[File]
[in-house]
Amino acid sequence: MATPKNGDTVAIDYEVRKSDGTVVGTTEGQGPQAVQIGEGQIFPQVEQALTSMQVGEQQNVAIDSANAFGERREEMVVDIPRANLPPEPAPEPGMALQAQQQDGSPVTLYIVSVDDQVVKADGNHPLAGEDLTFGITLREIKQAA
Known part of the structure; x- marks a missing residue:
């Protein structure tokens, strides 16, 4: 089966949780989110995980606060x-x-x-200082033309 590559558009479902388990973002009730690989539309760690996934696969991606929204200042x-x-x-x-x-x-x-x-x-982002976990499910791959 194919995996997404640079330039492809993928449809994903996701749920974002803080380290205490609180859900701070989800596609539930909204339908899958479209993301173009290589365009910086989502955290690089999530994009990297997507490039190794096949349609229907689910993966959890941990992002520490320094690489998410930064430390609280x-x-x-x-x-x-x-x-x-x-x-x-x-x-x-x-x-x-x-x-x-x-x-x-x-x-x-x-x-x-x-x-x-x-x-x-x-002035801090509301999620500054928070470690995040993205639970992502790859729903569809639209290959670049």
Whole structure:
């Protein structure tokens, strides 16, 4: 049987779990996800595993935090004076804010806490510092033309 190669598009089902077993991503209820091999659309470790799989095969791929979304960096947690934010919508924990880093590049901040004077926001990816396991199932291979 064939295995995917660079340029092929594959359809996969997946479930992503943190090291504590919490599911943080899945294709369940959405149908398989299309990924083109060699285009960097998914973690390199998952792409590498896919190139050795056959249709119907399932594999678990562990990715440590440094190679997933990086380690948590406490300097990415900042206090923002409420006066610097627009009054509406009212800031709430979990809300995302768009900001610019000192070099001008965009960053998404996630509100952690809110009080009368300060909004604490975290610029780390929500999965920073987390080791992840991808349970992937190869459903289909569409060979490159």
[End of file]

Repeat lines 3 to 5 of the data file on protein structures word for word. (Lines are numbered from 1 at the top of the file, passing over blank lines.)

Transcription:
Known part of the structure; x- marks a missing residue:
């Protein structure tokens, strides 16, 4: 089966949780989110995980606060x-x-x-200082033309 590559558009479902388990973002009730690989539309760690996934696969991606929204200042x-x-x-x-x-x-x-x-x-982002976990499910791959 194919995996997404640079330039492809993928449809994903996701749920974002803080380290205490609180859900701070989800596609539930909204339908899958479209993301173009290589365009910086989502955290690089999530994009990297997507490039190794096949349609229907689910993966959890941990992002520490320094690489998410930064430390609280x-x-x-x-x-x-x-x-x-x-x-x-x-x-x-x-x-x-x-x-x-x-x-x-x-x-x-x-x-x-x-x-x-x-x-x-x-002035801090509301999620500054928070470690995040993205639970992502790859729903569809639209290959670049």
Whole structure: